Leftover E3 Thoughts: Sony’s Show

Sony, among the big three console makers, appears to have had the most interesting show at this year’s E3, at least in terms of making promises that will actually interest gaming enthusiasts.

And this happened even though I’m not sure I can say Sony had a stellar E3. Keep in mind the company did not reveal anything about a PlayStation 4 (wait until next year’s show, I guess) and its big hardware reveal was for something called Wonderbook, which is something that I still don’t understand except for the fact that it appears to be aimed at small children.

Sony succeeded because aside from Wonderbook – which I count as a potential success – they focused on big-time exclusive games. If Twitter feeds are any reflection on reality, anyone who owns a PlayStation 3 and is following E3 is excited about the post-apocalyptic “The Last of Us.”

Sony’s other big reveal, “Beyond: Two Souls,” is surely not the kind of game one expects to jump to the top of sales list but Sony’s willingness to give the E3 spotlight to what should be a highly-narrative game featuring voice work by actress Ellen Page shows the company wants to be taken seriously by gamers.

Microsoft, by contrast, spent so much of its energy explaining their plans to use the XBox 360 as just about anything other than a gaming console. Nintendo, who I have yet to praise or complain about, turned in a mediocre performance (everybody says so!)  and I doubt Nintendo really knows how to market their next console, the Wii U.

More on that later. This is Sony’s turn.

Besides the mature-themed “Beyond” and “The Last of Us,” Sony’s presentation also featured the more light-hearted “PlayStation All-Stars Battle Royale.” As a fighting game that pits popular game characters against each other, I could say it’s kind of a rip off of Nintendo’s “Smash Bros.” series. So many other writers have already made this comparison, however, that I would be the one being unoriginal if I did so.

I won’t slag Sony for borrowing/stealing Nintendo’s idea, because it’s not like the video game marketplace doesn’t have room for extremely similar products. I will say, however, that it’s kind of weird to see gritty characters like Kratos from “God of War” in what strikes me as a generally kid-friendly game. Sony much to market gaming as an acceptable pastime for adults, and now they are the ones craving the family-friendly market.

And that brings me to Wonderbook, which Jim Sterling from Destructoid badmouthed on Twitter. Then again, Sterling badmouthed just about everything on Twitter during E3.

Wonderbook is some kind of “augmented reality” thing for kids that will use the PlayStation Move controller somehow so kids can make images appear on their television screen. Sony’s big E3 announcement was that “Harry Potter” author J.K. Rowling will write Wonderbook’s first tale, called “Book of Spells.” Gamers, at least the ones who complain on social media, don’t seem to like Wonderbook because it’s not a hardcore elite game.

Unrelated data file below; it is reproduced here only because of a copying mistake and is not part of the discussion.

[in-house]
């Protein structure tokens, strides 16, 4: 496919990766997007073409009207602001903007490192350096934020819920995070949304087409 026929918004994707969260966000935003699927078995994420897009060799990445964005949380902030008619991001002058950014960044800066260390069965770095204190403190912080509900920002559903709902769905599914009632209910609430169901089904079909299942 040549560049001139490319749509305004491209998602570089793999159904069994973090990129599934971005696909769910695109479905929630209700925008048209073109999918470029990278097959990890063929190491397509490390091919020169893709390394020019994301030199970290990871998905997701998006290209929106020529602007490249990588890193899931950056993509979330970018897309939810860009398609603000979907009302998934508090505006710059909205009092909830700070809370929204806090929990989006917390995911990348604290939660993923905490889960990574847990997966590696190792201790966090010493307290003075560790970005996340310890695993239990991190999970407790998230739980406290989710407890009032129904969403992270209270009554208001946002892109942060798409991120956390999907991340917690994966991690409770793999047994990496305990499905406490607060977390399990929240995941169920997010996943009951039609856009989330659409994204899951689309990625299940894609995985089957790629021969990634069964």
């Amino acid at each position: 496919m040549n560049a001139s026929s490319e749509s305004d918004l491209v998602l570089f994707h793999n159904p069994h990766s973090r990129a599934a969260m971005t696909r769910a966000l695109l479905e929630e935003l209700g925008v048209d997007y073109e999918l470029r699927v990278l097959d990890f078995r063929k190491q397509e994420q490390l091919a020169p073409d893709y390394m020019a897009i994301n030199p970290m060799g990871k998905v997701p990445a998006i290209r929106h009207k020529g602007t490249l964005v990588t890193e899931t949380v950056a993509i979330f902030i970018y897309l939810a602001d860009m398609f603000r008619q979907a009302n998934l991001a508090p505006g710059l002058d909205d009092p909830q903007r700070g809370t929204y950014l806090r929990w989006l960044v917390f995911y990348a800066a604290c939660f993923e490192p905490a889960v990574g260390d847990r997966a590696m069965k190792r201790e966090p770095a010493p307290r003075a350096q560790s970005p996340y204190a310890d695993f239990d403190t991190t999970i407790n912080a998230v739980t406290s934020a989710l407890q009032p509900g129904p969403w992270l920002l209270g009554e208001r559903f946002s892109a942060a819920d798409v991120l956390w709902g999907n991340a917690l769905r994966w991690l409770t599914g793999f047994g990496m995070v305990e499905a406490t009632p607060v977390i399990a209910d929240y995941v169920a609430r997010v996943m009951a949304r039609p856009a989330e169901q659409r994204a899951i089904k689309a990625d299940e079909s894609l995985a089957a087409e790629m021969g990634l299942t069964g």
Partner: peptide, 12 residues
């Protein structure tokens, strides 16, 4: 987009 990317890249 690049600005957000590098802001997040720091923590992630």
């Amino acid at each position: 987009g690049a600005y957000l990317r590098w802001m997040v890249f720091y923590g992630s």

Here’s the deal on Wonderbook. Unless Sony totally drops the ball on this one, they stand a good chance of making serious money. Harry Potter, readers may remember, is really popular and a lot of people who grew up reading Rowling’s books are now old enough to have children of their own. That means that if they have the money to do so, they might buy this Wonderbook thing and you don’t have to.

(An aside, the phrase “hardcore gamer” needs to die. No one ever became “hardcore” by sitting on a couch and playing a game. Anyone who wants to be hardcore is free to volunteer for a tour in Afghanistan, volunteer for a search-and-rescue team or do anything else incorporating an element of danger and a requirement to be outside.)

Anyway, Sony also announced the new “God of War: Ascension” game at E3. God of War is awesome because if you push the circle, square, triangle and “x” buttons enough, Kratos totally does violent things. Bias note: I haven’t played much God of War, but don’t really find it interesting. Other people like it. If you’re one of them, complain in the comments section.

Sony’s biggest reveals, however, were for Quantic Dreams’ “Beyond: Two Souls” and Naughty Dog’s “The Last of Us.” Based on the reputation for each developer’s previous games, “Heavy Rain” and “Uncharted 3,” I’m sure the latter game will get more mainstream acceptance.

“The Last of Us,” like “Uncharted,” promises to be among the most visually arresting games of this console generation. The biggest difference from “Uncharted,” from what I’ve seen so far, is that whereas Uncharted had a devil-may-care sense of adventure, “The Last of Us” looks grim. Bone-crushingly so. I won’t be the first person to write that the combat shown in this game looks like a genuinely horrifying experience for the characters involved. (Game companies don’t like us posting M-rated content without an age gate, so since our blogging software can’t do age gates, you’ll have to take my word for it. Or just search the Internet on your own. Whatever.)

Back to “Beyond: Two Souls” to respect Sony for using E3 to promote what appears to be a heavily-narrative game with limited dudebro appeal. This is a game for which Quantic’s David Cage got on stage and and promised a mysterious story about life after death, as opposed to killing people on another continent. “Beyond’s” main character will also be voiced by and look like Ellen Page, so look elsewhere for bald space marines. “Beyond” won’t appeal to everyone, but let’s be grateful for that.

You’re next, Nintendo.